The Panic Playdate ($199) (7/10, WIRED Recommends) isn’t strictly a retro console, but it is fun, creative, and quirky, and it has a distinct retro feel. It even has a crank for an all-new way to interact with games!

The Analogue Duo ($250) (6/10, WIRED Review) makes TurboGrafx-16 and PC Engine games look incredible on any HDMI screen. It boasts HuCARD and CD-ROM functionality, so existing games work regardless of media, region, or other requirements. Sadly, it’s pricey, controllers cost extra, and there’s no openFPGA support.

24 Mother’s Day Gifts We’ve Tried and Love (2023)

24 Mother’s Day Gifts We’ve Tried and Love (2023)

SPEAKING AS A mom myself, I know that the best gift you can give your mother is you. Whether you plug in your hybrid or hop on a cheap electric bike, you should see her if you can (we get it if you think air travel is scary, though). If you think you’d like to bring her a gift, now is the time to start thinking about it, because Mother’s Day is approaching on May 12. Scrambling for ideas? We’ve got a bunch of gift recommendations below.

Your mom may be the person who loves you the most in the world, but she’s probably got a lot of other things going on, like traveling for work, working out, or hanging out with friends. I consulted other WIRED parents for their favorite picks. These are our top gift ideas to help moms work from home, annotate their books, or dip into the world of gaming in their downtime. While you’re at it, check out our many other buying guides, like the Best Gift Ideas for New Parents, Best Kid Podcasts, or the Best Kid Tablets.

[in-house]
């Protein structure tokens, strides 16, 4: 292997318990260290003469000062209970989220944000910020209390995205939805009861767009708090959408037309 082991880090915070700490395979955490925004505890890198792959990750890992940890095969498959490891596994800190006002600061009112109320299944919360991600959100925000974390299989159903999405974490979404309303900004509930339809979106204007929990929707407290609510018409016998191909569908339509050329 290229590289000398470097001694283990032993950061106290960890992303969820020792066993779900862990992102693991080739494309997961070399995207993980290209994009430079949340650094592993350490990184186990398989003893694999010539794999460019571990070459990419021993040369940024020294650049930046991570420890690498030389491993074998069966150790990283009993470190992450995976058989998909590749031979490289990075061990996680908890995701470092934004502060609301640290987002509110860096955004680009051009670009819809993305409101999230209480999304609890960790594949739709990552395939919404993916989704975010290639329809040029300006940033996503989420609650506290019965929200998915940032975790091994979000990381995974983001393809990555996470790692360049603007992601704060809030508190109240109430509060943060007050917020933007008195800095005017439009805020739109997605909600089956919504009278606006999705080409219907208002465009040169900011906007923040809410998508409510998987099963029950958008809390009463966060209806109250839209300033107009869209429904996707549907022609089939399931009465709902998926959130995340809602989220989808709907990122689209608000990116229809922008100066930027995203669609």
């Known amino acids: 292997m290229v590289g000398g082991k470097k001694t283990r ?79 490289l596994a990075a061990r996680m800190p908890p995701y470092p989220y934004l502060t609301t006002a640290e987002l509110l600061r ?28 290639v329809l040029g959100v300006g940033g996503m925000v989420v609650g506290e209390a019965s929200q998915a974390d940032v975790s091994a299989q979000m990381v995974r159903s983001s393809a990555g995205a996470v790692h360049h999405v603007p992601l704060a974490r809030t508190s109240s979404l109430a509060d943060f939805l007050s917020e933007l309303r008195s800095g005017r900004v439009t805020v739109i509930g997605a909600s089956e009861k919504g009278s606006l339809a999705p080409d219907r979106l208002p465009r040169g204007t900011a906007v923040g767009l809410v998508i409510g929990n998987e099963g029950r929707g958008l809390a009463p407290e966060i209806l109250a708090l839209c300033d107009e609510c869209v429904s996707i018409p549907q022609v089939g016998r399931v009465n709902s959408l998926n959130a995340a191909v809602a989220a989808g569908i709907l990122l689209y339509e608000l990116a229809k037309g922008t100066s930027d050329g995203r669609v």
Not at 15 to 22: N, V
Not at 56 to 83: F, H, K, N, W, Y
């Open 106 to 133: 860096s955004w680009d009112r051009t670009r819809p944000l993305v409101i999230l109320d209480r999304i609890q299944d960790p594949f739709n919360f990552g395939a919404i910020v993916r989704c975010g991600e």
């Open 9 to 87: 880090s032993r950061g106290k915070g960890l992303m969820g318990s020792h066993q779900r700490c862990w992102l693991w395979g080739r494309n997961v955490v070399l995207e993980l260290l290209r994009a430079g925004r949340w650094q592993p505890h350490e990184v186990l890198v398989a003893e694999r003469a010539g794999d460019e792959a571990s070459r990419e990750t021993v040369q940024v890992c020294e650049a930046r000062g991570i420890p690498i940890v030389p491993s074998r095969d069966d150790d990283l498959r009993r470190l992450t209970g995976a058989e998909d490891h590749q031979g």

Updated April 2024: We significantly revamped this guide by deleting old picks and replacing with newer ones, including the Creative Aurvana 2, the Tom Bihn Nomad Tote, and many others.

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Arturia AstroLab Review: World-Class Synths in a Keyboard

Arturia AstroLab Review: World-Class Synths in a Keyboard

But perhaps AstroLab’s best trick for finding what you need is playlists and songs. These are grouped presets that you’re able to bounce between with the push of a button. So if you need a quiet pad from an Ensoniq SQ-80 for the verse and a razor-sharp lead from an MS-20 for the chorus, you can group them into a song, which turns the instrument type buttons into direct shortcuts to specific presets. Songs are then further organized into playlists. You just press the arrow buttons below the screen encoder to jump to the next track in your set and load up another batch of presets.